So this Christmas, just as most more recent Christmi (that’s plural for Christmas, by the way. No, really.) I did a bit of woodworking out in the shop. Unlike the past few years, this Christmas season I had my 2010 CNC router at my disposal and decided to design and manufacture some gifts which otherwise would have been beyond my skills as a craftsman. Of course, there were some speed bumps along the way, but eventually everything came together.
This old kitchen counter top (our shop used to be apartments) was torn out and rebuilt. It makes a perfect home for our CNC.
A month or two ago my CNC router was finally relocated to it’s semi permanent home in a dedicated CNC room of the shop (more importantly, off of my father’s main workbench). Fast forward to the final days of exams here at Eastern Michigan, around the 15th of December and I had begun sketching out a rough version of a vertical gun rack for a cousin of mine who recently received his first BB gun. A few minutes of modeling in CAD and setting up proper toolpaths later and the different components were lines of code just waiting to be transformed into a beautiful Christmas gift.
Around the 20th or so I started fabrication of the gun rack, while simultaneously designing some name plates for my sister’s two horses and, as a bit of a gag, one for my father’s angus as well. All went well until the last set of gun rack parts was to be manufactured. The machine kept ‘glitching’, for lack of a better explanation at the time. After ruining two or three pieces of perfectly good raw material, I finally figured out what was wrong. The aluminum coupler between the gantry stepper motor and a through rod was not tight enough and was slipping instead of turning the way it was meant to.
All I should have had to do was tighten up one set screw to temporarily fix it. It turns out, however, that when we originally built the machine we didn’t grind a flat spot for the set screw to bite into. That we used a threaded rod inside continues to confound me, my guess is that it is all we had on hand. The fact that the machine had operated accurately for even this long surprised me. To fix this problem, I had to tear down at least a third of the machine to get to the rod, grind it, and reattach the motor shaft properly.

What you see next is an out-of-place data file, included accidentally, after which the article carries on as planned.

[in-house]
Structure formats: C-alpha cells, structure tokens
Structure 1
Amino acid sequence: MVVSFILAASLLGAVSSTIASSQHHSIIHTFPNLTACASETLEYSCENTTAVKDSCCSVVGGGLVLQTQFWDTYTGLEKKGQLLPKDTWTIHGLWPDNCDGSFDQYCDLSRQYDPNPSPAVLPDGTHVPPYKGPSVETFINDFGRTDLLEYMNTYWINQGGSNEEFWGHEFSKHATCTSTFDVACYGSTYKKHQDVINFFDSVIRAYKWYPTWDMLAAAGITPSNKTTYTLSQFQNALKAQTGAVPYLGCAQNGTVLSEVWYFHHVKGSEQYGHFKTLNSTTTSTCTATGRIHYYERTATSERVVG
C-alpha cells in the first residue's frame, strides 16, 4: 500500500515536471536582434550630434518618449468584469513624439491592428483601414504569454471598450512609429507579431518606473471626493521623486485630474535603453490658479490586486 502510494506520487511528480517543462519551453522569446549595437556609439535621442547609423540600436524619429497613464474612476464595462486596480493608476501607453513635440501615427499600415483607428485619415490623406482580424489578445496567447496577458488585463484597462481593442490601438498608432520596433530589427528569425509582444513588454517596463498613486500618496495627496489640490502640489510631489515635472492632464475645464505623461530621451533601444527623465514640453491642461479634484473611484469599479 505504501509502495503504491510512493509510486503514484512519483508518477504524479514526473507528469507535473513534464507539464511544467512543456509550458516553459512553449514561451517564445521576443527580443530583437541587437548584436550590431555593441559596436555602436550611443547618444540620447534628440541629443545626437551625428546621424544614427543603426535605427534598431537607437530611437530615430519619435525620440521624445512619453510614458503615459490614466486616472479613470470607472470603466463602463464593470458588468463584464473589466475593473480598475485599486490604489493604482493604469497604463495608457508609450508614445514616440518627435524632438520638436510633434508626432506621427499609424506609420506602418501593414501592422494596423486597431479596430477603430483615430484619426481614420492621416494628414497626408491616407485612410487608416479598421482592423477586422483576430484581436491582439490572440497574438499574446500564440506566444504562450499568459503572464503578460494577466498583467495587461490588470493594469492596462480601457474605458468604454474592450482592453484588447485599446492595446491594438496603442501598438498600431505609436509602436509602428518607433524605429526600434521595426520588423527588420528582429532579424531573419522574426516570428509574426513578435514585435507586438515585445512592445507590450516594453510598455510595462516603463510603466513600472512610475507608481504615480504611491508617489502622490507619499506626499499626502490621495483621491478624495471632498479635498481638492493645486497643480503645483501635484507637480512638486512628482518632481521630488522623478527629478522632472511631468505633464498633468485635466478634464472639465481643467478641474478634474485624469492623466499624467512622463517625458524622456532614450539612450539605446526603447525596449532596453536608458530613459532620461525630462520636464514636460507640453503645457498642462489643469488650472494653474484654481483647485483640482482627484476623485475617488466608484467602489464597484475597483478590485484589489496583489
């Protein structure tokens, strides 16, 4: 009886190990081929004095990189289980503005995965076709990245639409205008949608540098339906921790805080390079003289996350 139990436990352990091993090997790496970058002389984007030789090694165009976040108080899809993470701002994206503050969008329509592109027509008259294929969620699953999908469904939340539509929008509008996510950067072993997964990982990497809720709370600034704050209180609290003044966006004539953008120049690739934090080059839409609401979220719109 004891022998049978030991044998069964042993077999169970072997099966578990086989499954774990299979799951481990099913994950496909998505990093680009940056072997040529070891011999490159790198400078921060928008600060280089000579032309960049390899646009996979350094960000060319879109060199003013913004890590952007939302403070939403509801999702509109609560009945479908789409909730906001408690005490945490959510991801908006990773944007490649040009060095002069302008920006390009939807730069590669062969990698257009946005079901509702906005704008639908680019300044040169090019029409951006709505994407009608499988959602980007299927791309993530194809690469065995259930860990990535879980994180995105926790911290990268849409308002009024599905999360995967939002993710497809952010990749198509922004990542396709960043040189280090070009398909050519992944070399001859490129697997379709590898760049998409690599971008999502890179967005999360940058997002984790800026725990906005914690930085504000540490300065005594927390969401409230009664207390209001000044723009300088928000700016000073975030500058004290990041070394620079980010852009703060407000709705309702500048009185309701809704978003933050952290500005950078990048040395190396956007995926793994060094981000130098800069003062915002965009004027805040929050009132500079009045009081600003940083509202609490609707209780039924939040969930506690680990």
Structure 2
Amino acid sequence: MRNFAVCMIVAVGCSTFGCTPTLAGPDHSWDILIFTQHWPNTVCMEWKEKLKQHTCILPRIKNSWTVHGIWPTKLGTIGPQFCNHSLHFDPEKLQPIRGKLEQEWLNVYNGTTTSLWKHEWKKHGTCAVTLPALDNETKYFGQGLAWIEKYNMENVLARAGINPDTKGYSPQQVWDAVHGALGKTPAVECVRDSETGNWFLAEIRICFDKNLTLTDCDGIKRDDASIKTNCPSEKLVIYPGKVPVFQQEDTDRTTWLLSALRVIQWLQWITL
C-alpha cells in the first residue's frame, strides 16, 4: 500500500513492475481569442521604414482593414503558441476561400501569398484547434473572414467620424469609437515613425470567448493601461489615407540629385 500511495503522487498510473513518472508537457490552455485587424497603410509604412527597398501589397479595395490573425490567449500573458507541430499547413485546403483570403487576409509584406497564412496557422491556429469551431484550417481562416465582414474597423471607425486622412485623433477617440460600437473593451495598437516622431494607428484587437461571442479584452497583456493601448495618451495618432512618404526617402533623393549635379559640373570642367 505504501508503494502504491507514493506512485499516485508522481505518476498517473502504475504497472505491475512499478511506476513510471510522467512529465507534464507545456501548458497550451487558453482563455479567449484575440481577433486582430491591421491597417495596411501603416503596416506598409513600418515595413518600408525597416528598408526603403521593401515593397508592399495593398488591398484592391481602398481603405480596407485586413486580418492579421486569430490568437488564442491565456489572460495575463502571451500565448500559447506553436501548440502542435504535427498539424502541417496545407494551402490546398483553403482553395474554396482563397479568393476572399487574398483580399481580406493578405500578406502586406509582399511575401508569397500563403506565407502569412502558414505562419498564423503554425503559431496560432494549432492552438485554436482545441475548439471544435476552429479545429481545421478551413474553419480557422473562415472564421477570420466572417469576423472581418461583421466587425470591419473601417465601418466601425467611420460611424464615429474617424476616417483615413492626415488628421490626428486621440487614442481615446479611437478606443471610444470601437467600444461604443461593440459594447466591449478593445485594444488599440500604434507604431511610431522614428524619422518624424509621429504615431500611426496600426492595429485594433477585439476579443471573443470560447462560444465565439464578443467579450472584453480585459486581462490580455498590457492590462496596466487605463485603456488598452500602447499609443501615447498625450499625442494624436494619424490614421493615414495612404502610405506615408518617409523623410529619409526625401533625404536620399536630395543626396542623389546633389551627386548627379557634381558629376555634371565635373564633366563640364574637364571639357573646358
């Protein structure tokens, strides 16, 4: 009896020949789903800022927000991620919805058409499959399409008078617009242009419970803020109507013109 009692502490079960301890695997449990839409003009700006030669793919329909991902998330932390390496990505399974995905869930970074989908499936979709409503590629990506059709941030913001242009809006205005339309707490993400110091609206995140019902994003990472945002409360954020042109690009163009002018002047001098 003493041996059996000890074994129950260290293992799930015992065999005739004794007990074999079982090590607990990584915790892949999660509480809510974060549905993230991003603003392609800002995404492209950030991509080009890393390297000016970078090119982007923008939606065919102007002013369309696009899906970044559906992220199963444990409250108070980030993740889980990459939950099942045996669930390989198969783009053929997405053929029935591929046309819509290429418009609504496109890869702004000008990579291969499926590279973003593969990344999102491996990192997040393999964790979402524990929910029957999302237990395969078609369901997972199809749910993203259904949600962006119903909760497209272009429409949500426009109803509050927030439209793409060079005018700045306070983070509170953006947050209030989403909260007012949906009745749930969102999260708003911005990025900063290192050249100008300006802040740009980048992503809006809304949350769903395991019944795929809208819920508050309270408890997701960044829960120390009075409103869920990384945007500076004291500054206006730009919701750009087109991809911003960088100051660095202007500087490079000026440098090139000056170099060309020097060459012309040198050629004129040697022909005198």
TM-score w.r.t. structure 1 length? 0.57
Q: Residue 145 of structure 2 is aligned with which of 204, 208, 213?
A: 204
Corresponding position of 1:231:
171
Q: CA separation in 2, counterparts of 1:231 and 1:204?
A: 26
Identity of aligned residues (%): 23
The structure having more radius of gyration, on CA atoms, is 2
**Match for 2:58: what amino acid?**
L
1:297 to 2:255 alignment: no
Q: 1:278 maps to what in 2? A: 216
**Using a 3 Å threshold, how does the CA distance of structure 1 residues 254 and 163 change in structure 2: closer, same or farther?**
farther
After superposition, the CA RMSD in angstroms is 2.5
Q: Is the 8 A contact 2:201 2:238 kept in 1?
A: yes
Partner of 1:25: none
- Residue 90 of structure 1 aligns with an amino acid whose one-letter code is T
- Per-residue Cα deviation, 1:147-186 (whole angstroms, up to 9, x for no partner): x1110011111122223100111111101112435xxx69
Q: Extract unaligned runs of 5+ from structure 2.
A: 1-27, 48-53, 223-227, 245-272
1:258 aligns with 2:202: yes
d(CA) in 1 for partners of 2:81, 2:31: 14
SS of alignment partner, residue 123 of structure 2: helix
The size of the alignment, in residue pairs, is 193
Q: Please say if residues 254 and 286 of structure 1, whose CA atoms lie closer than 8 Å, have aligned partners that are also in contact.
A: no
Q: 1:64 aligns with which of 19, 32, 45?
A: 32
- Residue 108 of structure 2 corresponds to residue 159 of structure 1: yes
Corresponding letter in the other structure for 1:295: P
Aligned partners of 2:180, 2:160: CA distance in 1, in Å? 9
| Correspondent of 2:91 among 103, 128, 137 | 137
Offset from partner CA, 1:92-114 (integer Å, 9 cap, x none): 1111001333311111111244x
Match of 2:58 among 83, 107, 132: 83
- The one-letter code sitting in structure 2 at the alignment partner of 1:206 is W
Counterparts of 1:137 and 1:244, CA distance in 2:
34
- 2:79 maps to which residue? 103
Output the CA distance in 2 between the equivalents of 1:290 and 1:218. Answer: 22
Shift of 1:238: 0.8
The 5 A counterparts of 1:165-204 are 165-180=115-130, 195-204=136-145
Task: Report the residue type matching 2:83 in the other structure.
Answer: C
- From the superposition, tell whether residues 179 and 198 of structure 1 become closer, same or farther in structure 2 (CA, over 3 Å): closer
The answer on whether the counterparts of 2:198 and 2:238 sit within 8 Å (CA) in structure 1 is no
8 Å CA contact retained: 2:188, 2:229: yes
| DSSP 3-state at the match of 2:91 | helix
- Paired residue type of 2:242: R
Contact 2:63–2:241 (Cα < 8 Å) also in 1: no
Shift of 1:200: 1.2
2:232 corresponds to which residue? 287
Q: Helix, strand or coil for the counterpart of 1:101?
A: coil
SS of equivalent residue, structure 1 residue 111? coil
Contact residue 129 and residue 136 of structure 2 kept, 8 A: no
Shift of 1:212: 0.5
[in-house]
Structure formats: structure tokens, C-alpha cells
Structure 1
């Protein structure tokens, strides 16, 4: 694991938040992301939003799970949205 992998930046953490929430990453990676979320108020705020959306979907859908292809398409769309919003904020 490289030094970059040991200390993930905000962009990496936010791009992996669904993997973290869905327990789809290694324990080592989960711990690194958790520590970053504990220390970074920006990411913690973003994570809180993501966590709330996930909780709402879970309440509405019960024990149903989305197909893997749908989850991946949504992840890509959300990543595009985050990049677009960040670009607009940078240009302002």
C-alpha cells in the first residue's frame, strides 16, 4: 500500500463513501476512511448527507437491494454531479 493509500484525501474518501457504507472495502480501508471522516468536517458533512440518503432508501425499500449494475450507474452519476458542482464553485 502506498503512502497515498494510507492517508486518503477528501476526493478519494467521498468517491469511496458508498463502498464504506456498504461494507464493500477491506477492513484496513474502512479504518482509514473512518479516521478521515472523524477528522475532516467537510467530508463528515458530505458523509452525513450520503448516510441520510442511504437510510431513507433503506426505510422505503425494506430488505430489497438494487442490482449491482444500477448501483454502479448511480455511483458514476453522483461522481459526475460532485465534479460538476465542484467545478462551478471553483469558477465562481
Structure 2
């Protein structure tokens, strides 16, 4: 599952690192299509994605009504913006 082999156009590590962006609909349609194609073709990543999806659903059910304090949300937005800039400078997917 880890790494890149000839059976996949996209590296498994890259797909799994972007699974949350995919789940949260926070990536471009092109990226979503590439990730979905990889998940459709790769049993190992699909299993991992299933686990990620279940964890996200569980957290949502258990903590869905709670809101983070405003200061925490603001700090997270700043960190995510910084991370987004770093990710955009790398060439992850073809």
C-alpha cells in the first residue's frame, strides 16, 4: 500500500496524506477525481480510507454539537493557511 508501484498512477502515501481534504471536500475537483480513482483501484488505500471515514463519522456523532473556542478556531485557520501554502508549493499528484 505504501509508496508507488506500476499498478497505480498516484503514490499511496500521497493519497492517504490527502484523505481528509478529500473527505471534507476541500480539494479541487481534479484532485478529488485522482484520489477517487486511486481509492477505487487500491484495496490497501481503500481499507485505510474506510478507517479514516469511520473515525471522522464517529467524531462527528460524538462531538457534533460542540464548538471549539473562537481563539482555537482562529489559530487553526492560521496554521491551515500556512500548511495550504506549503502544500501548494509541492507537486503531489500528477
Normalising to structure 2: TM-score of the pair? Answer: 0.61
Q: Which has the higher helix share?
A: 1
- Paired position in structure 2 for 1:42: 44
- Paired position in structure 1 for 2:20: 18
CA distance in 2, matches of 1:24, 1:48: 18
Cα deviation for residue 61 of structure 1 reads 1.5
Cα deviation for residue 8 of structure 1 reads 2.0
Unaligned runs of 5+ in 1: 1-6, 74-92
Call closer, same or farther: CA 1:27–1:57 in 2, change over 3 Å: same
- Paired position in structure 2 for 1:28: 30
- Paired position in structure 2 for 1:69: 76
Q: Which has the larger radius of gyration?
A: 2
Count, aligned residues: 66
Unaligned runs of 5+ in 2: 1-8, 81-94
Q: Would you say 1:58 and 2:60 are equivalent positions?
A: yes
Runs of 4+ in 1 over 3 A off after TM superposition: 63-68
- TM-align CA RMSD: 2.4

Three hours later, (around midnight) the machine was back in operation. It was too late to keep working, I would continue the following day. Sleep deprivation and high speed cutting tools don’t mix well.
When the parts for the gun rack had finished machining, I started working on the three signs I had planned to make. They read ‘Bailey’, ‘Danny’, and ‘Mac’. Mac is the angus, named after the respective fast food burger. While the signs were being machined, I began the assembly (read as ‘gluing and clamping’) of the gun rack.
The sign making went relatively smoothly, although a failure of motor function (my own, not the machine’s) meant I needed a band aid on one or two fingers before Christmas eve had arrived. You can see a few of the steps above, from machining the actual signs from cherry to clear coating, painting, then sanding and clear coating again to get the black inlaid text effect.
Pictured above is the gun rack as it exists in its final form. It is meant to be mounted vertically with the butt of the BB gun resting in the inset portion of the top of the box, and its barrel poking up through a hole at the top. The box can be used to store BB’s and small targets, or anything else that will fit inside it.
Last but not least, the evening before returning to school I managed to get my hands on a piece of what I believe to be some kind of Plexiglas and wanted to machine it. Having no idea what to design, and having just rekindled my already fierce love for all things ‘Back to the Future’ (copyright Universal, I’m not profiting from this, yada, yada) by purchasing the new BTTF video game, I decided that a quick flux capacitor would make for a clean yet easy quick project. The phrase ‘All I’ve got is time’ was simply the first thing that came to mind. Twenty minutes later and I was on my way out to the shop.
I had never machined plexi before. First thing I realized; Yep. That’s much harder than wood. Next time, multiple small passes at a slower feed rate. Second thing I realized; plexi makes a MESS. I will be installing a chip collection system before I machine much more Plexiglas. Overall I was relatively pleased with it, however, and plan to do more in the future (har har).
Let me know what you think, and as always, if you like what you read here feel free to Subscribe to Posts with the link at the top of this page.